India considers raising palm oil import tax to help rapeseed farmers
India, the world’s biggest importer of vegetable oils, is considering raising its import duty on palm oil to help support local farmers reeling from a crash in domestic rapeseed prices, government and industry officials said on Monday.
The increase in the tax on palm oil could lift local prices, making the tropical oil a little less competitive than rival soyoil and sunflower oil.
“We have proposed an increase in import duty on palm oil to support rapeseed prices,” said a government official, who declined to be named in line with official rules.
“Rapeseed supplies from the new season are putting pressure on prices, which have fallen below MSP (minimum support price),” said the source referring to the government-set rate which acts like a benchmark for the domestic market.
If commodity prices fall below MSPs, the government usually tries to help prop up rates to protect farmers.
In spot markets, rapeseed prices were around 5,000 Indian rupees ($61.21) per 100 kg, below the government-fixed price of 5,450 rupees per 100 kg.
Indian farmers plant rapeseed, the main winter-sown oilseed, in October and November, with harvests from March. Higher prices encouraged farmers to expand the area under rapeseed.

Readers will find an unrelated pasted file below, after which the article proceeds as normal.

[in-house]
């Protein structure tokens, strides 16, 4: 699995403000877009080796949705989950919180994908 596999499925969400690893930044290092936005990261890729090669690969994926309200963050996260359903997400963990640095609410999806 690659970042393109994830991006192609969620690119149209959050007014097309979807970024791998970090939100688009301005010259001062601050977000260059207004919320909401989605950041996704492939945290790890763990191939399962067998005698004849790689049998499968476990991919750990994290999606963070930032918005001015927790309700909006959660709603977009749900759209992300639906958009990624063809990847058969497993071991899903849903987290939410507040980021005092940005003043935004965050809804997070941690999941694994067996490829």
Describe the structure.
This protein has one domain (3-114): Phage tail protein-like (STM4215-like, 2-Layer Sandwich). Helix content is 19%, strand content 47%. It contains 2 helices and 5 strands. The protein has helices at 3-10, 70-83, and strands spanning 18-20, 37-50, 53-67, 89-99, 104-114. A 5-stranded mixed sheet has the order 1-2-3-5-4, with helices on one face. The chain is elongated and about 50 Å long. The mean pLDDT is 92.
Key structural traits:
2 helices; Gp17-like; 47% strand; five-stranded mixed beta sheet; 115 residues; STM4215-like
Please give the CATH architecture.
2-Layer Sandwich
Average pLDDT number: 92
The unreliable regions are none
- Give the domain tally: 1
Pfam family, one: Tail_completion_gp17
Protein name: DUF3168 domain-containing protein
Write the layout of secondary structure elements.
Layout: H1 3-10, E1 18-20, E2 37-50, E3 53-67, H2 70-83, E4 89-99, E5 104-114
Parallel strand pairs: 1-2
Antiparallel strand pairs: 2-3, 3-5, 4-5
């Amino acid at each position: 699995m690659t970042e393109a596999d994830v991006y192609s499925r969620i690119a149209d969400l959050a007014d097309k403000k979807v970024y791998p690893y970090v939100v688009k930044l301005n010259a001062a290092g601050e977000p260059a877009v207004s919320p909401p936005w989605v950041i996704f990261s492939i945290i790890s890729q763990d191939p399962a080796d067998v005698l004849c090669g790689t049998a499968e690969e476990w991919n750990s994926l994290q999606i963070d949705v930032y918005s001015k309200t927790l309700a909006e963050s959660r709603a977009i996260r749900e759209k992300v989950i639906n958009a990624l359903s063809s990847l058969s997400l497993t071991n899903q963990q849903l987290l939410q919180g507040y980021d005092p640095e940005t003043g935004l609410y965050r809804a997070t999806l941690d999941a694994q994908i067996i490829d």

After abolishing the basic import tax on crude palm oil (CPO) last year, India continues with a 5.5% tax on CPO shipments. The country also levies a 12.5% import tax on refined, bleached and deodorized palm oil.
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“Since world prices have dropped, India is looking at raising the duty,” the source said. “Overall food inflation might be a concern for the government, but vegetable oil prices have dropped.”
Lower rapeseed prices have hurt farmers from India’s western state of Rajasthan, and the government would like to protect growers ahead of the state election, trade and industry officials said.
Rajasthan accounts for more than half of the rapeseed production.
“There is a proposal to raise the duty, and an inter-ministerial panel is looking into it,” said the second source, who also didn’t want to be named citing official rules.
This article has been republished from The Economic Times